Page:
Bioprinting

CollPlant reveals it is developing bioprinted breast implants

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Israeli bioprinting company CollPlant has just announced that it has successfully produced the first 3D bioprinted implant prototypes for breast tissue regeneration. The bioprinted breast implants, which have been in development for some time, could offer a safer, patient-specific alternative for breast implantations down the line.

CollPlant’s development of breast tissue implants has remained under wraps until today, but we now have the first details on how the bioprinting initiative is going. According to the Rehovot-based biotech company, the implants are primarily comprised of its proprietary type I recombinant human collagen material—rhCollagen—and are designed to be loaded with patient-derived fat cells.

CollPlant breast implant bioprinted
CollPlant’s rhCollagen

The idea behind the tissue regeneration implants is that the fat cells will grow and thrive when they are embedded in the bioprinted scaffold. Once the breast implant has been placed inside the patient’s body, the scaffold is designed to degrade, resulting in a natural breast implant that is made up entirely of the patient’s own tissue cells.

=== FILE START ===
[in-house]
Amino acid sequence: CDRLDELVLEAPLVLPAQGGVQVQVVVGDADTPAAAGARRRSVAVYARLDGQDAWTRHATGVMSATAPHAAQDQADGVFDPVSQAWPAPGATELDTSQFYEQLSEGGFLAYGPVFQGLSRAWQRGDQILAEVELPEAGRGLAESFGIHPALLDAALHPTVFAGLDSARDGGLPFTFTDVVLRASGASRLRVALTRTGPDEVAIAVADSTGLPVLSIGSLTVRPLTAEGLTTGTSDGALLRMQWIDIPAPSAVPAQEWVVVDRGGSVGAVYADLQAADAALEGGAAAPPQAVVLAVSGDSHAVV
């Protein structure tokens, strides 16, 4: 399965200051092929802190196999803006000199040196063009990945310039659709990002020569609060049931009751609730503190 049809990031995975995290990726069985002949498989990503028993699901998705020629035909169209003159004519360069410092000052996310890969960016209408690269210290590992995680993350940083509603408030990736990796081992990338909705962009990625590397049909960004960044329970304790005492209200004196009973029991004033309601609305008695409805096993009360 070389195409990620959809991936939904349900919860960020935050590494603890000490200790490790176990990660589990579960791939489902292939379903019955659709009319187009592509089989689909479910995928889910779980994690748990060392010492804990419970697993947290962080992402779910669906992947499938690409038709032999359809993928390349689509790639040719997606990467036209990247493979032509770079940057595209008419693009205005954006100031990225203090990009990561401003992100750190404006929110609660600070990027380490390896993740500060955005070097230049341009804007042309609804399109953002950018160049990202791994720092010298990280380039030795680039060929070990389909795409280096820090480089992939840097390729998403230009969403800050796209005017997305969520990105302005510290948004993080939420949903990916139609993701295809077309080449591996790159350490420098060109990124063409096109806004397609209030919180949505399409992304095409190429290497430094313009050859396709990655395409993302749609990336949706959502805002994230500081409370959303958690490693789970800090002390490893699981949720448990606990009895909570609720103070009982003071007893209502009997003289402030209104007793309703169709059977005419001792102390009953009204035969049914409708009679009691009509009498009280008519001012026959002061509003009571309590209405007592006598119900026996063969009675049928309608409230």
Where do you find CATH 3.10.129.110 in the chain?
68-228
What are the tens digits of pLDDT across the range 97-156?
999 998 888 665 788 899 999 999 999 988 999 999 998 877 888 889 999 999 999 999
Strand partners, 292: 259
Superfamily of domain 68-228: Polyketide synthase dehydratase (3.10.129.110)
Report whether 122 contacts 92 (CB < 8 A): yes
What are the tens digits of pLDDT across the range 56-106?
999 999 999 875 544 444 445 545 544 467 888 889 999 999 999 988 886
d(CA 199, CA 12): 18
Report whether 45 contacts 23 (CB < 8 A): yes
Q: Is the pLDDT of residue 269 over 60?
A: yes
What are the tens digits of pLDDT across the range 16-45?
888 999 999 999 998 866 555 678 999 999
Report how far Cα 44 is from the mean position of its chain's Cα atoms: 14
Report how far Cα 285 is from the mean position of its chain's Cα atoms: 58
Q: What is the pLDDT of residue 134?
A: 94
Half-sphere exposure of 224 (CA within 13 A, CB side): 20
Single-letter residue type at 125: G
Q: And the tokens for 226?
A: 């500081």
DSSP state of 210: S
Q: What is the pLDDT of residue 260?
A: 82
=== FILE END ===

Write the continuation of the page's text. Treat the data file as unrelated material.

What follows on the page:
“The implants we are developing leverage our 3D bioprinting technology and the unique properties of our recombinant human collagen, that has an excellent safety profile,” explained CollPlant CEO, Yehiel Tal. “We believe that our technology can eliminate the high risk for adverse events associated with permanent breast implants and provide a revolutionary alternative. This technology is already raising interest from leading companies in this segment.”

Presently, breast implant surgery mainly relies on implanting a prosthesis made of silicone gel or other artificial fillers into the patient’s chest. This approach, though popular, comes with its fair share of rejection risks. An alternative method, lipofilling, injects tissues derived from the patient to reconstruct breasts, but it also presents its own limitations in terms of size and shape.

The ability to bioprint a breast implant made from the patient’s own cells could therefore be a game-changer for breast cancer reconstruction and breast enhancement surgery, as it would eliminate the risk of rejection and could be tailored to the patient’s needs or wishes.

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Tess Boissonneault

Tess Boissonneault is a Montreal-based content writer and editor with five years of experience covering the additive manufacturing world. She has a particular interest in amplifying the voices of women working within the industry and is an avid follower of the ever-evolving AM sector. Tess holds a master's degree in Media Studies from the University of Amsterdam.

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